WATCHESPEDIA: How important is the SIHH for H. MOSER & CIE.?

EDOUARD MEYLAN: I expect my answer is the same as the other Maisons: it is a key event! I think the SIHH is the opening event of the year. It is a fantastic platform, and it is managed by an extremely well-run team. This is the second year we have exhibited at the SIHH, and there is so much professionalism. We have access to international media in a well-structured and managed format. You know that when you meet people there, it will be the right people. Sometimes in Basel, you can spend an hour talking to people, and ultimately, they are just trying to sell an ad. I am of course aware of the importance of advertising, but we have to set priorities and fairs are really dedicated to customers and press. When you have meeting after meeting, it can be very tiring, and I think at SIHH we can really make the most of this presence. We have press conferences that give us access to many people that we could not reach out to otherwise. This gives us both a legitimacy and credibility that we benefit from.

WATCHESPEDIA:  Following your latest viral video, “H. Moser & Cie. – The Swiss Mad Watch”, we heard that you reached over half a million views on YouTube in a few days.

Our question is, how has the industry responded to your video?

EDOUARD MEYLAN: My peers from the Carré des Horlogers have been very positive. I believe that they agree about the way we are doing this. Some have already removed the Swiss Made label from their watches, but they did not communicate this change the same way. I think the bigger brands did not want to react, or they could not react, but they are aware of this issue with the Swiss Made label, especially at the SIHH, so I don’t believe they have anything to feel threatened about.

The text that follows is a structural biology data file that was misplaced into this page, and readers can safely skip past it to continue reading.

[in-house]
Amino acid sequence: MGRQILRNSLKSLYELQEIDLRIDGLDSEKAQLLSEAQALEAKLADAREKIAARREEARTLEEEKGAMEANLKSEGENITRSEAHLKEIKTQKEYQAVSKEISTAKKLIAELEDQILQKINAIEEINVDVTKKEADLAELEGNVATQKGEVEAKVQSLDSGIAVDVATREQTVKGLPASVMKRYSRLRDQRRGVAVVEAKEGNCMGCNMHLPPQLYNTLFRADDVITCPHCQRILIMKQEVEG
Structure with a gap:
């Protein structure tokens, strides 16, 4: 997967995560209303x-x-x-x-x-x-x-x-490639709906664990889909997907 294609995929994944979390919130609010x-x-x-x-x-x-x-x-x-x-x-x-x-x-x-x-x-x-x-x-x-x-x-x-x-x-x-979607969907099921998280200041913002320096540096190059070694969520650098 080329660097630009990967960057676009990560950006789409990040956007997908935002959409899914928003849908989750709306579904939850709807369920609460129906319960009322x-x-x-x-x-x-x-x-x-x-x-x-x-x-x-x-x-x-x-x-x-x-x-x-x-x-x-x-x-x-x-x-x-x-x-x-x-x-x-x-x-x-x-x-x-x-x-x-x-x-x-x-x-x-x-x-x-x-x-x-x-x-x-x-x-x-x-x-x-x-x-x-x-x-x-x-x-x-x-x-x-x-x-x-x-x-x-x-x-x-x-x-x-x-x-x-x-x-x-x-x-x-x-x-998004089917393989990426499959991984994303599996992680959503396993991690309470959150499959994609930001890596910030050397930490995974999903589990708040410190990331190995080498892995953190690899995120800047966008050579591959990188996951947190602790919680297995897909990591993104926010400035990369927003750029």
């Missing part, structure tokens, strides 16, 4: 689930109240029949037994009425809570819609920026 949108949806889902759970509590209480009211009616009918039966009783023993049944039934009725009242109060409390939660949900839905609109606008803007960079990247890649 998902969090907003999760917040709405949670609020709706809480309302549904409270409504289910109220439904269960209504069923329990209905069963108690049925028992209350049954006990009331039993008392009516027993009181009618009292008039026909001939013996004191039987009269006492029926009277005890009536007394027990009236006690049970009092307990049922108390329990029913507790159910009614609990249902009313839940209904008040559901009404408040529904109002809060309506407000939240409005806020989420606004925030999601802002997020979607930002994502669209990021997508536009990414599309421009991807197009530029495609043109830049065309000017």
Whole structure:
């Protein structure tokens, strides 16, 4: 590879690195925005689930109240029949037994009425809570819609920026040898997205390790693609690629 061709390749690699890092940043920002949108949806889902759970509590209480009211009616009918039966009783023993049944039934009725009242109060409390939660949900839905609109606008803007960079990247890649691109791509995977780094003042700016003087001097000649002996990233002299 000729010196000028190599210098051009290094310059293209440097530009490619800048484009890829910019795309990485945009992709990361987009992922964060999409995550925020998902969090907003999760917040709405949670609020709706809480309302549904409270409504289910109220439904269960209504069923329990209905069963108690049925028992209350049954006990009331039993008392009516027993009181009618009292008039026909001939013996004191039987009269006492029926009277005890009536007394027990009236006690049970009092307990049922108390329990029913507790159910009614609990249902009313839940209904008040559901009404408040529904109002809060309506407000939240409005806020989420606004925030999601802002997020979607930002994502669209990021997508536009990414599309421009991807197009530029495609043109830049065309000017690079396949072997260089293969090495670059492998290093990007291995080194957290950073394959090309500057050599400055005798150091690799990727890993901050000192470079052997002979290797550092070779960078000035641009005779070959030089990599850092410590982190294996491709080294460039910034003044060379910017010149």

Regarding the FHH, Fabienne Lupo, who organizes the SIHH, was very pleased. She said to me, “Congratulations! It is really in line with what we believe. We are fully behind you.” This was important for me, because we are not questioning the value of Swiss made watches. We are asking for more transparency.  I also wrote to all the CEOs exhibiting at the SIHH to explain what we were doing and to invite them to join our campaign. It is important that we bring more transparency to the Swiss Made label. Obviously, we are below the radar of the big Maisons in our efforts, but the reaction was very, very positive from within the industry.

I also wrote to the FH (Federation of the Swiss Watch Industry) to explain that we are not criticizing the Swiss Made label. We value what they have been doing, and we know they wanted the threshold to be much higher [than the 60% Swiss value needed to qualify as a Swiss Made product]. This is in line with our direction and what we wish to communicate.  We have the same goal: promoting and defending traditional watchmaking.